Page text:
Castration Questions for your vet…

Castration Questions for your Vet…

Having a boar castrated (neutered) must be a big commitment and understanding of what exactly is involved. Castrating a boar will not change his behaviour, just his ability to reproduce. All operations are life threatening and the positive and negative must be weighed up before the decision is made:

  • Are you prepared to give a home to 2 boars? There is a possibility that they could fall out and living arrangements (including new friends) will need to be considered. Although adult boars do fall out it is often preferable to adopt a well matched pair of adults that have been together for at least 6 months than it is to take on a baby boar and an adult. Whilst everything depends on the character of both the outcome of the ‘baby boar’s’ adolescence is unknown and unpredictable.
  • Having decided that castration is the only option it is important to source a knowledgable veterinary surgeon. Find a rescue that sees lots of guinea pigs or ask a local guinea pig breeder which one they use and what they have used the vet for. It is the name of the surgeon that is important, as opposed to the name of the practice. Still ask the vet your own questions.
  • Oxbow Critical Care should be available both at the surgery and for post op nursing at home- stock up before it’s needed. Ensure veterinary nurses are aware of how to syringe feed.
  • Post op guinea pigs need a veterinary bedding to lay on. Buy a purpose made product for optimum performance.
  • Prepare  before op and after op boxes/tubs of food, the after op tub should contain tempting, favourite foods. Give instructions detailing when and why these foods are to be given, mark the tubs for ease of use for the nurses!

Questions to ask:

  1. How many guinea pig castrates have you done successfully? What success rate do you expect?

The more recent and successful castrates the better of course, but gaining an insight into the expectations of doing a castration is useful too. Castrates are one of the easiest and less intrusive operations to perform, it is not unreasonable to expect a vet to expect a near 100% success rate whilst allowing for the minority of guineapigs with an undetectable (on pre op examination) and underlying problem; usually respiratory.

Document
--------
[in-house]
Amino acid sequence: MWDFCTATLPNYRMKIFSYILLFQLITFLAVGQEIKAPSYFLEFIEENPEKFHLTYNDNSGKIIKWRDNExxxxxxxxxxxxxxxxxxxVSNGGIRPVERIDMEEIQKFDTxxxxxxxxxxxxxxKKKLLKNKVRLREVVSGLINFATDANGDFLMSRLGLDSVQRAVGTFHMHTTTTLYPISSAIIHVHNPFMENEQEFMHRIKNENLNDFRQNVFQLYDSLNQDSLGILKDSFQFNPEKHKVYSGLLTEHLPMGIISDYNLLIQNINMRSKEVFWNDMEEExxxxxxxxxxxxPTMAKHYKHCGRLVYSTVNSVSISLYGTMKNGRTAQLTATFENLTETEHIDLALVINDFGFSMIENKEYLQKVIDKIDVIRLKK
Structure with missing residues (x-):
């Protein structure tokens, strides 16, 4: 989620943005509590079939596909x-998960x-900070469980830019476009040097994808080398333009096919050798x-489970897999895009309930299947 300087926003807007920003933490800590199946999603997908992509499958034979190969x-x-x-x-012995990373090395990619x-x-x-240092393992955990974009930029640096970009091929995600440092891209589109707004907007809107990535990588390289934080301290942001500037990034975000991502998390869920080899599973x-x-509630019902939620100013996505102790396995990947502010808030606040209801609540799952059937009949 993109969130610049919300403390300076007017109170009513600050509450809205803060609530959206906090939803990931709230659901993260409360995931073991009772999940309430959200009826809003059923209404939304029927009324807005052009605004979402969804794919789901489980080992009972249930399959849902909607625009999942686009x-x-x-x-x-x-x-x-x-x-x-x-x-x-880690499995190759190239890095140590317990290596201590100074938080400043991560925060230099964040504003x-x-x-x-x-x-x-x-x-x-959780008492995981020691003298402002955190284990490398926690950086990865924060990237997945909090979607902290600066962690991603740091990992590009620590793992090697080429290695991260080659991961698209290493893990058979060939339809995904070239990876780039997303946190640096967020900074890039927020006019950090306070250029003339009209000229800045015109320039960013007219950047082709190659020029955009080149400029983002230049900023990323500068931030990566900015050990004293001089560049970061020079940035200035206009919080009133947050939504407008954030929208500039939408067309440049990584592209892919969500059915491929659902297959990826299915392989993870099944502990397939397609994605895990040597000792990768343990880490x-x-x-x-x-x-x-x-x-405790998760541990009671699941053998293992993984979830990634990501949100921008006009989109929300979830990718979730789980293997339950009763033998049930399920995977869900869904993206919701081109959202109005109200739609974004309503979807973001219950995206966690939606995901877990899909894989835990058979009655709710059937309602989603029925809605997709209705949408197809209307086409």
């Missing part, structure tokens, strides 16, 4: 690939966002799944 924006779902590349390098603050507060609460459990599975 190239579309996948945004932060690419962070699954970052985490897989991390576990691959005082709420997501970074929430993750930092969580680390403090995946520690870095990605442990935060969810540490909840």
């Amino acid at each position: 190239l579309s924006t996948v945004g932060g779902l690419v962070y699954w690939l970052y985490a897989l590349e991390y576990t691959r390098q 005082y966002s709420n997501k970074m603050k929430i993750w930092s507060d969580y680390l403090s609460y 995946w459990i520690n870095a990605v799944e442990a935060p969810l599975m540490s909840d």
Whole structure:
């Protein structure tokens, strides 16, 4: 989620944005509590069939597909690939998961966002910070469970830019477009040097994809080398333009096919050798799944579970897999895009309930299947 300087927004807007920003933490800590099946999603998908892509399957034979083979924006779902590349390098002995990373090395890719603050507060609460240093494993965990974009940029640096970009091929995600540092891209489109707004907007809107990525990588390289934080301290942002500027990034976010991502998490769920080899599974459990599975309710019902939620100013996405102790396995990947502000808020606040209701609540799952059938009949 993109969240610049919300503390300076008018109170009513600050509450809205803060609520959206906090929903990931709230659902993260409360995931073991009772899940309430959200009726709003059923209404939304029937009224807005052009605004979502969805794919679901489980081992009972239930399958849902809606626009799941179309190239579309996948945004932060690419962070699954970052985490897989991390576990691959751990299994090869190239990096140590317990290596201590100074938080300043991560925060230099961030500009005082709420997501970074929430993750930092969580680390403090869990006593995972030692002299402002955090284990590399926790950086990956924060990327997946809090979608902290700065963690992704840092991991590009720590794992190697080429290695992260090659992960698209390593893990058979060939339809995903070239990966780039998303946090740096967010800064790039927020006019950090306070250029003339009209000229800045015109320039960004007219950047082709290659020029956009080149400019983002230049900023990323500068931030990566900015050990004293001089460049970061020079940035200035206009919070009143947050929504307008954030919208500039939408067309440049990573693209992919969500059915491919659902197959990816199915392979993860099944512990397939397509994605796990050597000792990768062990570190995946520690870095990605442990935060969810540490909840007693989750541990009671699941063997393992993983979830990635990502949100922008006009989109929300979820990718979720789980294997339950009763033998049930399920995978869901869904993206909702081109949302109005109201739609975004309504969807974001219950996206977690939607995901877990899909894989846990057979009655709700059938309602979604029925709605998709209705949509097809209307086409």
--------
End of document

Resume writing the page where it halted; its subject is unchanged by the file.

2. What anaesthetic do you use?

All anaesthetics should be gas ones, the safest ones are: Isoflurane and Servoflurane. Gas is preferable because the body can be flooded with Oxygen when the gas is turned off and the guinea pig will recover quicker. Recovery should be within the half hour after the operation and nurses should know that syringe feeding is very necessary to keep the intestines moving if the guinea pig doesn’t start to eat. Guinea pigs should be fed within the hour after the operation.

3. Do you give a Pre Op painkiller?

Rimadyl should be given pre op so that the boar is not in pain when he ‘comes round’ form the anaesthetic. Rimadyl will also reduce any swelling. Rimadyl may be given post op.

4. What do you use to stitch up the wound?

Vicryl is the best choice for stitching up guinea pigs, and preferably internal stiching with Skin Glue holding together the outside wound so that the stitches can’t be pulled out. Catgut should NEVER be used, some guinea pigs are allergic to it and this causes reactions and problems at a time when the guinea pig is probably vulnerable as well.

5. What method of castration do you ‘use’?

There are many variations on castrating boars (i.e. where incisions are made etc) but the preferred method is the closed method.

6. How long before my boar can live with a sow?

There are many variations on this answer. One month after the operation it is medically impossible for a boar to impregnate a sow. The recommended time is two weeks, any sooner and wounds (including internal) may not have sufficiently healed as well as the risk of pregnancy of course. Reading Guinea Pig Rescue have, at the time of writing,had over 60 boars castrated, all were put in with sows 2 weeks after castration and there have been no injuries to the boars or pregnancies.

No operation can be guaranteed as straight forward but providing your boar is suitably matched to his sowfriend by a reputable source happiness can be guaranteed. Given that companionship is a basic need for a guinea pig surely it should be taken as seriously as diet and other ‘basic needs’?

Further reading: Cakey’s Catgut Catastrophe.